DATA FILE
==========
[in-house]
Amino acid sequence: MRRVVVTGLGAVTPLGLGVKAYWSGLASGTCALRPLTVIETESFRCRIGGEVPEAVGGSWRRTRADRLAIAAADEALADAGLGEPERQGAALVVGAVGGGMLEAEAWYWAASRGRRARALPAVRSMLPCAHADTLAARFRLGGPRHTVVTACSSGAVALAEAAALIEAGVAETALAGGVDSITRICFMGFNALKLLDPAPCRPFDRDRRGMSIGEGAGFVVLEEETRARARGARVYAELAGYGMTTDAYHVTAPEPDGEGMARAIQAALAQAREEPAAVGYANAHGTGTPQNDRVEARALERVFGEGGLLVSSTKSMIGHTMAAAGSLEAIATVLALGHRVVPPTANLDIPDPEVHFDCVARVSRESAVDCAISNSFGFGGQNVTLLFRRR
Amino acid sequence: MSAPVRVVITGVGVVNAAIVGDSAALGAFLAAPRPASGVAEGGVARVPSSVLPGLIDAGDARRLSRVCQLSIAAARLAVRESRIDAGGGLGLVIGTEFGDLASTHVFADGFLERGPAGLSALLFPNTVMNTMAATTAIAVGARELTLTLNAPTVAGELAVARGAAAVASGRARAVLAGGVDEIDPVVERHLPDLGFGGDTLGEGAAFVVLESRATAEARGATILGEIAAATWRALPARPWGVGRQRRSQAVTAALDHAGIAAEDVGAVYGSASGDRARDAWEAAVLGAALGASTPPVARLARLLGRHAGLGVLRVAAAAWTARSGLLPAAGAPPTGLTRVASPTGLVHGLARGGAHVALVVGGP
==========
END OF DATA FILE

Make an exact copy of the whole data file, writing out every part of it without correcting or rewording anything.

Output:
[in-house]
Amino acid sequence: MRRVVVTGLGAVTPLGLGVKAYWSGLASGTCALRPLTVIETESFRCRIGGEVPEAVGGSWRRTRADRLAIAAADEALADAGLGEPERQGAALVVGAVGGGMLEAEAWYWAASRGRRARALPAVRSMLPCAHADTLAARFRLGGPRHTVVTACSSGAVALAEAAALIEAGVAETALAGGVDSITRICFMGFNALKLLDPAPCRPFDRDRRGMSIGEGAGFVVLEEETRARARGARVYAELAGYGMTTDAYHVTAPEPDGEGMARAIQAALAQAREEPAAVGYANAHGTGTPQNDRVEARALERVFGEGGLLVSSTKSMIGHTMAAAGSLEAIATVLALGHRVVPPTANLDIPDPEVHFDCVARVSRESAVDCAISNSFGFGGQNVTLLFRRR
Amino acid sequence: MSAPVRVVITGVGVVNAAIVGDSAALGAFLAAPRPASGVAEGGVARVPSSVLPGLIDAGDARRLSRVCQLSIAAARLAVRESRIDAGGGLGLVIGTEFGDLASTHVFADGFLERGPAGLSALLFPNTVMNTMAATTAIAVGARELTLTLNAPTVAGELAVARGAAAVASGRARAVLAGGVDEIDPVVERHLPDLGFGGDTLGEGAAFVVLESRATAEARGATILGEIAAATWRALPARPWGVGRQRRSQAVTAALDHAGIAAEDVGAVYGSASGDRARDAWEAAVLGAALGASTPPVARLARLLGRHAGLGVLRVAAAAWTARSGLLPAAGAPPTGLTRVASPTGLVHGLARGGAHVALVVGGP